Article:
Executive Summary

Concerns about the health of veterans of recent military conflicts have given rise to broader questions regarding the health consequences of service in any major military engagement. The Veterans Program Enhancement Act of 1998 directed the Secretary of Veterans Affairs to enter into an agreement with the National Academy of Sciences to help develop a plan for establishing' a national center (or centers) for the study of war-related illnesses and postdeployment health issues. In response to this legislation, the Department of Veterans Affairs (VA) asked the Institute of Medicine (IOM) to convene a committee of experts. The charge to the committee was to (1) assist the VA in developing a plan for establishing a national center (or centers) for the study of war-related illnesses and postdeployment health issues, and (2) assess preliminary VA plans and make recommendations regarding such efforts.

The IOM convened the Committee on a National Center on War-Related Illnesses and Postdeployment Health Issues, composed of experts on war-related illnesses, clinical research, military medicine, epidemiology, health services research, operations research, development of interdisciplinary research centers, research ethics, technology transfer, and the integration of clinical and education programs with research. Between January and September 1999, the committee met three times. The first meeting included a workshop that was held to obtain background information on relevant issues. During subsequent meetings, the committee reviewed information on war-related illnesses and relevant research activities, analyzed alternative models for national research centers, and received testimony from veterans about their views for such a center. Additionally, the committee examined the VA's proposal for developing a national center program within the VA.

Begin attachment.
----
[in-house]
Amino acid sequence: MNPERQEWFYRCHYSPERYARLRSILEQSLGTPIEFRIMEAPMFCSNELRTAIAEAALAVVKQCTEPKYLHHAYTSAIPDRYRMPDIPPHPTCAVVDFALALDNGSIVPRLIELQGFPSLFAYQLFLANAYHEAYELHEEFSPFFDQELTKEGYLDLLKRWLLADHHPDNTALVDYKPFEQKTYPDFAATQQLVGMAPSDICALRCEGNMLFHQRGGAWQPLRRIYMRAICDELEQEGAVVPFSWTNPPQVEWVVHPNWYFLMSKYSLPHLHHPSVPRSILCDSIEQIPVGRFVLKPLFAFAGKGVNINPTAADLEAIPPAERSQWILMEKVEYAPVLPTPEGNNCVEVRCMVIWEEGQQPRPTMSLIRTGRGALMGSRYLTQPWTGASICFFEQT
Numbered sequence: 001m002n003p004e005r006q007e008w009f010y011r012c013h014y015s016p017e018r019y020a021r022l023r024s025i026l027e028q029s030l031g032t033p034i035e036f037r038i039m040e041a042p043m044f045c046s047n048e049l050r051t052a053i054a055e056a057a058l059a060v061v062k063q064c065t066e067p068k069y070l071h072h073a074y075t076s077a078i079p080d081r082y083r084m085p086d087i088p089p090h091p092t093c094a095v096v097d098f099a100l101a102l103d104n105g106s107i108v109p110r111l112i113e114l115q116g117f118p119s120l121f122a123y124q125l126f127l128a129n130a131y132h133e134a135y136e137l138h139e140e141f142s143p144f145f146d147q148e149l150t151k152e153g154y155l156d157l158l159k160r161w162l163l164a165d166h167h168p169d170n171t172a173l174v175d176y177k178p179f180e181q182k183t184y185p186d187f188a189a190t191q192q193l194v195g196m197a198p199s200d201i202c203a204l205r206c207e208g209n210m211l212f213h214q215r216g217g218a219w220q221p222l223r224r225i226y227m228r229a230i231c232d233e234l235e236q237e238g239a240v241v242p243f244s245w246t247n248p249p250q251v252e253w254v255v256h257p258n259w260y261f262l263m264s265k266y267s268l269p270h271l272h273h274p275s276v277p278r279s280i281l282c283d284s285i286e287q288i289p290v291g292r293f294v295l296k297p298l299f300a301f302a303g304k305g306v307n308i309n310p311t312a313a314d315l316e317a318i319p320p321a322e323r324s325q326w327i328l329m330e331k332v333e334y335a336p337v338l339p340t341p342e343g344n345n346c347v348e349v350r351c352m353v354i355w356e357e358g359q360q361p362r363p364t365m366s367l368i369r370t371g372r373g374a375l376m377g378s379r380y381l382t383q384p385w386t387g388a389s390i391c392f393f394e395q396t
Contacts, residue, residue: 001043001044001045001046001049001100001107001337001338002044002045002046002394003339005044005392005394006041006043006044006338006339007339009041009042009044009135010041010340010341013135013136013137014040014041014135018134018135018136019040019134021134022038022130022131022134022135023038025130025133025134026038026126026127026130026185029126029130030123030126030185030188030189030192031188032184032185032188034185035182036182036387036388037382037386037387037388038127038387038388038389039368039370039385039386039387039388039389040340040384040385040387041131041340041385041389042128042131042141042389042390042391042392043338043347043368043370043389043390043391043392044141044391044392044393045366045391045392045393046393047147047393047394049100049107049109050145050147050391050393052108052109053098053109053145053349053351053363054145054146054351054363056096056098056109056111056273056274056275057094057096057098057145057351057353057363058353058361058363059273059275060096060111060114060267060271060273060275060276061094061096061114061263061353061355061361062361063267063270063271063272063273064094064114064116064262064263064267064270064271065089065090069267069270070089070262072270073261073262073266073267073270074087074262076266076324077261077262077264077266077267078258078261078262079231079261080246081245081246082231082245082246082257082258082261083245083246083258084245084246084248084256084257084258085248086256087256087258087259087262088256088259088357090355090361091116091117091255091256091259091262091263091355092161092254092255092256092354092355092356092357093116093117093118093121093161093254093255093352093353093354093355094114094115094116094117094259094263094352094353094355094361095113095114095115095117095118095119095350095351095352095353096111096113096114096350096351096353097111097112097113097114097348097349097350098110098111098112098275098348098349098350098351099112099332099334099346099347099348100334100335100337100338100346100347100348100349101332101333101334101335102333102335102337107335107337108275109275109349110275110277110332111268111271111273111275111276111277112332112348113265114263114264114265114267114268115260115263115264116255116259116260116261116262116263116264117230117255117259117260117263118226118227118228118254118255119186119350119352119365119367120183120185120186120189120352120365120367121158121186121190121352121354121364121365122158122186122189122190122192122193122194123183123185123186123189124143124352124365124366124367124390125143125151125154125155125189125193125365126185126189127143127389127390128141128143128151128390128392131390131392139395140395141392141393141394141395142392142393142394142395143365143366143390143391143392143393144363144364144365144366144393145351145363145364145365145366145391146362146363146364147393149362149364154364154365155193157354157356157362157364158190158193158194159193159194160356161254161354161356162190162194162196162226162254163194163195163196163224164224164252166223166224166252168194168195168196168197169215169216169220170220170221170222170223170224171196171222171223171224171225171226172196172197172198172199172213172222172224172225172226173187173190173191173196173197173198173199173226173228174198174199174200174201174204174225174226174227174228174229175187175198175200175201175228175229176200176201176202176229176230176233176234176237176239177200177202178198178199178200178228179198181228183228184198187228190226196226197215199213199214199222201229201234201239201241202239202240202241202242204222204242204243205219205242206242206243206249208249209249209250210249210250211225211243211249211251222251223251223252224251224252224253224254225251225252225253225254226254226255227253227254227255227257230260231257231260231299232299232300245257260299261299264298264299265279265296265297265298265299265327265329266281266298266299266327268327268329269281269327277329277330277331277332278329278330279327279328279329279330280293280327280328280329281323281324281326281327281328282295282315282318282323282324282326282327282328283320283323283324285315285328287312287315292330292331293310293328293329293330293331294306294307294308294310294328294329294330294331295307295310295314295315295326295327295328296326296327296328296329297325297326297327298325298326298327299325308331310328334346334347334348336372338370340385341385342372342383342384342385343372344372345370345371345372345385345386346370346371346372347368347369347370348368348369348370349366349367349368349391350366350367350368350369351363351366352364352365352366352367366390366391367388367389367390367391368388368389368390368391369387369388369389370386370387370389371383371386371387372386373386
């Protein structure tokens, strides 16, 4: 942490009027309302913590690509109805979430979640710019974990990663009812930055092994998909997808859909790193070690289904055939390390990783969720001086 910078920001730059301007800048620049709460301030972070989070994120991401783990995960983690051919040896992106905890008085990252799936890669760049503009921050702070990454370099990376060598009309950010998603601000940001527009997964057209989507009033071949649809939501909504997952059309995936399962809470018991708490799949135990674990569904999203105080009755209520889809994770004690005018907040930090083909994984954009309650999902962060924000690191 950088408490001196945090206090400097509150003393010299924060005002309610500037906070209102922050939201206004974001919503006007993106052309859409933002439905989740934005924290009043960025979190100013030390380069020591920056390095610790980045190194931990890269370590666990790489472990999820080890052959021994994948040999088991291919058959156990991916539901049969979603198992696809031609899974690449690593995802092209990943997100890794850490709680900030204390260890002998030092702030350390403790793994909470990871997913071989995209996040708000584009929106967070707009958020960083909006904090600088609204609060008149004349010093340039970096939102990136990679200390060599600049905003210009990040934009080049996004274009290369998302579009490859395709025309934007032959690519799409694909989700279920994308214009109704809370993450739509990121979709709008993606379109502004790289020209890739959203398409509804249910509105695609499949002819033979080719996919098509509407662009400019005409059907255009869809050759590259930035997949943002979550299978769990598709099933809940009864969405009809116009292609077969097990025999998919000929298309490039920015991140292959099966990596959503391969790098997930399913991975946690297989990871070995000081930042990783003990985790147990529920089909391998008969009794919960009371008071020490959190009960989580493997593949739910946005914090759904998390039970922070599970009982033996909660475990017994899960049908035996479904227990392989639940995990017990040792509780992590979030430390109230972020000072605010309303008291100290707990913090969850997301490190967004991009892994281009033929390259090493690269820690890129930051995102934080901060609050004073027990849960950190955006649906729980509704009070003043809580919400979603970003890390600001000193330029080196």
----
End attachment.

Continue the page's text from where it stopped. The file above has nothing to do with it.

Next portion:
The committee conducted its deliberations with an understanding that the nature of military engagement has changed. Contemporary military conflicts